Pakistan releases eight more Afghan Taliban leaders

December 31st, 2012 by | One Comment |

Pakistan has freed eight more Afghan Taliban leaders, taking the number of freed Taliban leaders to 26 in less than two months, the Foreign Ministry says.

 

Former Taliban Justice Minister, Mulla Noor-ud-Din Turabi is among the fresh group of freed militants.

 

“In order to further facilitate the Afghan reconciliation process, Pakistan has released eight Taliban detainees including Abdul Bari, ex-Governor Helmund, Nur-ud-Din Turabi, ex-Justice Minister, Allah Daad Tabib, ex-Minister, Mullah Daud Jan, ex-Governor Kabul, Mir Ahmed Gul, ex-Governor,” the Pakistan Foreign Ministry said.

 

Last month too, Pakistan released eighteen Taliban prisoners on request of the Afghan High Peace Council, a Foreign Ministry statement said.

 

Afghan embassy and Taliban sources also confirmed the release of their prisoners by Pakistan.

 

Pakistani authorities had released Anwar-ul-Haq Mujahid, and 12 other Taliban prisoners last month. Mujahid, a former commander of Tora Bura, is the son of former jihadi leader, Maulawi Mohammad Yunas Khalis. Mujahid now lives quietly lives with his family in Peshawar, sources close to his family say.

 

Afghan sources say that Afghan government had handed over a list of nearly 40 Taliban prisoners in custody of Pakistan and demand their release.

 

Taliban deputy chief Mulla Abdul Ghani Biradar, is also among the Afghan government’s list. But Pakistan has not yet freed him. Baradar was arrested in the Pakistani port city Karachi in February 2010.

 

Pakistan has freed the Taliban prisoners to give a boost to the much-needed reconciliation efforts particularly the intra-Afghan dialogue but Taliban have so far refused to talk to the US-backed Karzai government.

 

Taliban spokesman and Afghan diplomatic sources confirmed the release of Taliban’s former Justice Minister, Mullah Nuroddin Turabi and three other leaders.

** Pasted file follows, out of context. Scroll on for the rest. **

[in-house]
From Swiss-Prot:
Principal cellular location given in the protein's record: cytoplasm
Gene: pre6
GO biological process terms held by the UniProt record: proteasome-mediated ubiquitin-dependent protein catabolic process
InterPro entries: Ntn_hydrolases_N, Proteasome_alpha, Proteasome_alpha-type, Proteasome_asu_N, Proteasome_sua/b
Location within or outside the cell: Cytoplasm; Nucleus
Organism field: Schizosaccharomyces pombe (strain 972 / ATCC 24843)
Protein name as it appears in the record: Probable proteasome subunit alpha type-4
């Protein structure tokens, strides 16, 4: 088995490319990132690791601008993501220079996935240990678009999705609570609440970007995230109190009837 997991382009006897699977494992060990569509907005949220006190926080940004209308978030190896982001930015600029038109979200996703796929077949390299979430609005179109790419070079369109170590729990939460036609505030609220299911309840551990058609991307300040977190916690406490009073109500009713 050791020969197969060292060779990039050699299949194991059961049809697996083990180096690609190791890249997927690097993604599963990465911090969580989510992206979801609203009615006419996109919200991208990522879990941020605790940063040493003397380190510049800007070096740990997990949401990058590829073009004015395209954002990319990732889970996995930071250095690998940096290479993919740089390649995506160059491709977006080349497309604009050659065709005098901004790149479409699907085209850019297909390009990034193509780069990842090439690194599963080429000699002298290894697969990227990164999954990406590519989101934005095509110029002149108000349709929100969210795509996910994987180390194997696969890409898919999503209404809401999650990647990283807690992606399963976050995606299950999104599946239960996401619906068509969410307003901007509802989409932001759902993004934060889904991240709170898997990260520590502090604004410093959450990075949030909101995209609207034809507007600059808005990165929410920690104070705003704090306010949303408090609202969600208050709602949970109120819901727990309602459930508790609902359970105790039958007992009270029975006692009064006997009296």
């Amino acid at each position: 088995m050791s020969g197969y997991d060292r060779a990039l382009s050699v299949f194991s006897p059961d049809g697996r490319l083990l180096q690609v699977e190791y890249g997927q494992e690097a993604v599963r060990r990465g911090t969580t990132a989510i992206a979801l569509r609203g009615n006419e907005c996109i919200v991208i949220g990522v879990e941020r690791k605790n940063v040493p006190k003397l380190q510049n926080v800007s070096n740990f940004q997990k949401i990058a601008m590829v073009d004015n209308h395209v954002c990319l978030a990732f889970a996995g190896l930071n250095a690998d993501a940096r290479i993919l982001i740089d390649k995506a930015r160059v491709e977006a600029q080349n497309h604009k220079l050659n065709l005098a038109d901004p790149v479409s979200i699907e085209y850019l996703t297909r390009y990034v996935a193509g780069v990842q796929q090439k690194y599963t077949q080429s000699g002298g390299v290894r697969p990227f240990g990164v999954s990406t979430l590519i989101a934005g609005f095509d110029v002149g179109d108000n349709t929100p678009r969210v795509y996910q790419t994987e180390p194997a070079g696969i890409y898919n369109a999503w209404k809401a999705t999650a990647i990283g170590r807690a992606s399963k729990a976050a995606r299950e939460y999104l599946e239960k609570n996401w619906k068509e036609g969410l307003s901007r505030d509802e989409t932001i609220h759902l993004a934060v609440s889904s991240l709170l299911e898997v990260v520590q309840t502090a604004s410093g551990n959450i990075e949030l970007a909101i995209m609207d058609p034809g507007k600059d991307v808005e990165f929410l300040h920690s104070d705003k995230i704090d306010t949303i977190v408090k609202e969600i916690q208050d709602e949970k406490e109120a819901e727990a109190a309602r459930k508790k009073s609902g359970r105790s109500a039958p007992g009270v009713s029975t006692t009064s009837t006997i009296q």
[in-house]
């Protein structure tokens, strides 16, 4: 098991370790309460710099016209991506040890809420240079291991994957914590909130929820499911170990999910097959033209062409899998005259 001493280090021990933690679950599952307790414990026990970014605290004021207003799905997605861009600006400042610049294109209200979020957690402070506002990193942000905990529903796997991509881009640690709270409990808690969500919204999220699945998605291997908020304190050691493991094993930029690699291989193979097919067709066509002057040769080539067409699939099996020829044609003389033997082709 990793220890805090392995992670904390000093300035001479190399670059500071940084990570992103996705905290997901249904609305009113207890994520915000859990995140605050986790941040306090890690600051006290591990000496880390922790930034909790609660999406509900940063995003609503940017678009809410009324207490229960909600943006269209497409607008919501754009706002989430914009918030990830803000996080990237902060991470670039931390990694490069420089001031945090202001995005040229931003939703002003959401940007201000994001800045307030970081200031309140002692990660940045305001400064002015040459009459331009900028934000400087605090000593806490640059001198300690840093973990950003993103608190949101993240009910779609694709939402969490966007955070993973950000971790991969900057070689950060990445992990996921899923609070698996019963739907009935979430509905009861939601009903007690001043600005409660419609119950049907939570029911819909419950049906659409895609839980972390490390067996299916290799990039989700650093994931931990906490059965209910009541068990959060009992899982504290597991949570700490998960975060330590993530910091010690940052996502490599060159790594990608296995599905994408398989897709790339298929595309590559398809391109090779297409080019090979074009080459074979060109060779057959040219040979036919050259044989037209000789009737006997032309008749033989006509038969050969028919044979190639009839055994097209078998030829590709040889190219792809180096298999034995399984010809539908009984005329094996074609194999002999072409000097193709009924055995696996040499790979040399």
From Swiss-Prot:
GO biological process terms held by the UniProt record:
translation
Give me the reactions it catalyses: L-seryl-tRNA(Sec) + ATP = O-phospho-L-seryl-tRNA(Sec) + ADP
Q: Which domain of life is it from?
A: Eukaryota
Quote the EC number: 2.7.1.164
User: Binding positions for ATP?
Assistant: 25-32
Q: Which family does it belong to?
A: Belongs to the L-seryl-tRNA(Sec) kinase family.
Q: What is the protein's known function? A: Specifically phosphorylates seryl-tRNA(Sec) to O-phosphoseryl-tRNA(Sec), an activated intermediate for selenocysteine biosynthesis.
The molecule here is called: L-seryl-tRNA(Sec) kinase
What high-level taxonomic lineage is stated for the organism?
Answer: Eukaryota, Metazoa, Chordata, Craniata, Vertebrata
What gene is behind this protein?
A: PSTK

Pakistan freed nine Taliban prisoners in November during the visit of Afghan peace envoy, Salahuddin Rabbani. Four more Taliban prisoners had been released ahead of Rabbani's visit.

 

Taliban spokesman, Zabihullah Mujahid confirmed the release of four of their leaders including Turabi.

 

Besides, Mullah Turabi, Pakistan freed former Taliban Minister of Communications, Allah Dad, Mullah Abdul Bari, the governor of southern Helmand Province during the Taliban regime and Muhammad Azeem, a former guard of Taliban chief Mullah Mohammad Omar Mujahid, Taliban sources said.

 

Afghan diplomatic sources in Islamabad also confirmed that Pakistan has freed four Taliban detainees.

 

Last week Pakistan had freed four more senior Taliban leaders, Taliban sources said.

 

Those freed on Thursday include Taliban-designated governor for Kabul Province, Muhammad Daud Jalali, the shadow governor for eastern Nangarhar Province, Mir Ahmad Gul, the deputy-designated governor for southern Helmand Province, Abdul Ghafoor and a key military commander for southern Urozgan Province, Ahmadullah.

 

Turabi is the second important Taliban leader who had been freed by Pakistan to push the peace process.

 

Pakistani authorities had released Anwar-ul-Haq Mujahid, and 12 other Taliban prisoners last month. Mujahid, a former commander of Tora Bura, is the son of former jihadi leader, Maulawi Mohammad Yunas Khalis. Mujahid now lives quietly lives with his family in Peshawar, sources close to his family say.

 

Afghan sources say that Afghan government had handed over a list of nearly 40 Taliban prisoners in custody of Pakistan and demand their release.

 

Taliban deputy chief Mulla Abdul Ghani Biradar, is also among the Afghan government’s list. But Pakistan has not yet freed him. Baradar was arrested in Karachi in February 2010.

 

Although Afghan government has welcomed the Taliban release, it describes the Pakistani process as ‘incomplete’, Afghan sources said.

 

“We want Pakistan should share with us where the freed Taliban have gone, when they had been arrested and on what charges and how they had been arrived in Pakistan,” an Afghan source said.

 

Pakistan has freed the Taliban prisoners to give a boost to the much-needed reconciliation efforts particularly the intra-Afghan dialogue but Taliban have so far refused to talk to the US-backed Karzai government.

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  • Comment by Mike B.: ( January 3rd, 2013 at 12:18 am )

    Great idea! Then, when the Taliban break their promises (which they do all the time) they will probably all be in one area, and we can send in the drones to permanently take them out. The Pakistani’s know this but it resolves them of their responsibility. Good idea!